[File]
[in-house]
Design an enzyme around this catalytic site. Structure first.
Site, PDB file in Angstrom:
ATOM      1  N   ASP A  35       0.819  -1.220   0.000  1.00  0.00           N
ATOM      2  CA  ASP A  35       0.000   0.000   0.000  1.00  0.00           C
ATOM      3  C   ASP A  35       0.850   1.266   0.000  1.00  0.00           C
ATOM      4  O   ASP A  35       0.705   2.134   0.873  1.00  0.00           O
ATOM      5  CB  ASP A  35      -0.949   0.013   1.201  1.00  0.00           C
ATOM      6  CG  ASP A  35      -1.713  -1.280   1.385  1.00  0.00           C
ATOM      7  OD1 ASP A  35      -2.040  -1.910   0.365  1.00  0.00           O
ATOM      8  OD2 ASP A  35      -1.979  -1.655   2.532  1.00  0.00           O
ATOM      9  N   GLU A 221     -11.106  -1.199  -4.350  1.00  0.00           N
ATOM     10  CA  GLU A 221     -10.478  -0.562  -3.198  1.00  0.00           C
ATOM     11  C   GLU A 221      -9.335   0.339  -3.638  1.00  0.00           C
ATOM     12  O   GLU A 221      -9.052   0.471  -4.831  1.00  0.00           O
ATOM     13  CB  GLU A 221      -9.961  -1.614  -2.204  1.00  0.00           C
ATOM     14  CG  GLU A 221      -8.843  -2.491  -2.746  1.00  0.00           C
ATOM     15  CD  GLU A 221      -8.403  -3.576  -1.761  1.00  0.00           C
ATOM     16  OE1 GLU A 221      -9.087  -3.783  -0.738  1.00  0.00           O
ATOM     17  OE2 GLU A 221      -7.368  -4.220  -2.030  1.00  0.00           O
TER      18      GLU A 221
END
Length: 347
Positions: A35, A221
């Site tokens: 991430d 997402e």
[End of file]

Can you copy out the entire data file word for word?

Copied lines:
[in-house]
Design an enzyme around this catalytic site. Structure first.
Site, PDB file in Angstrom:
ATOM      1  N   ASP A  35       0.819  -1.220   0.000  1.00  0.00           N
ATOM      2  CA  ASP A  35       0.000   0.000   0.000  1.00  0.00           C
ATOM      3  C   ASP A  35       0.850   1.266   0.000  1.00  0.00           C
ATOM      4  O   ASP A  35       0.705   2.134   0.873  1.00  0.00           O
ATOM      5  CB  ASP A  35      -0.949   0.013   1.201  1.00  0.00           C
ATOM      6  CG  ASP A  35      -1.713  -1.280   1.385  1.00  0.00           C
ATOM      7  OD1 ASP A  35      -2.040  -1.910   0.365  1.00  0.00           O
ATOM      8  OD2 ASP A  35      -1.979  -1.655   2.532  1.00  0.00           O
ATOM      9  N   GLU A 221     -11.106  -1.199  -4.350  1.00  0.00           N
ATOM     10  CA  GLU A 221     -10.478  -0.562  -3.198  1.00  0.00           C
ATOM     11  C   GLU A 221      -9.335   0.339  -3.638  1.00  0.00           C
ATOM     12  O   GLU A 221      -9.052   0.471  -4.831  1.00  0.00           O
ATOM     13  CB  GLU A 221      -9.961  -1.614  -2.204  1.00  0.00           C
ATOM     14  CG  GLU A 221      -8.843  -2.491  -2.746  1.00  0.00           C
ATOM     15  CD  GLU A 221      -8.403  -3.576  -1.761  1.00  0.00           C
ATOM     16  OE1 GLU A 221      -9.087  -3.783  -0.738  1.00  0.00           O
ATOM     17  OE2 GLU A 221      -7.368  -4.220  -2.030  1.00  0.00           O
TER      18      GLU A 221
END
Length: 347
Positions: A35, A221
């Site tokens: 991430d 997402e």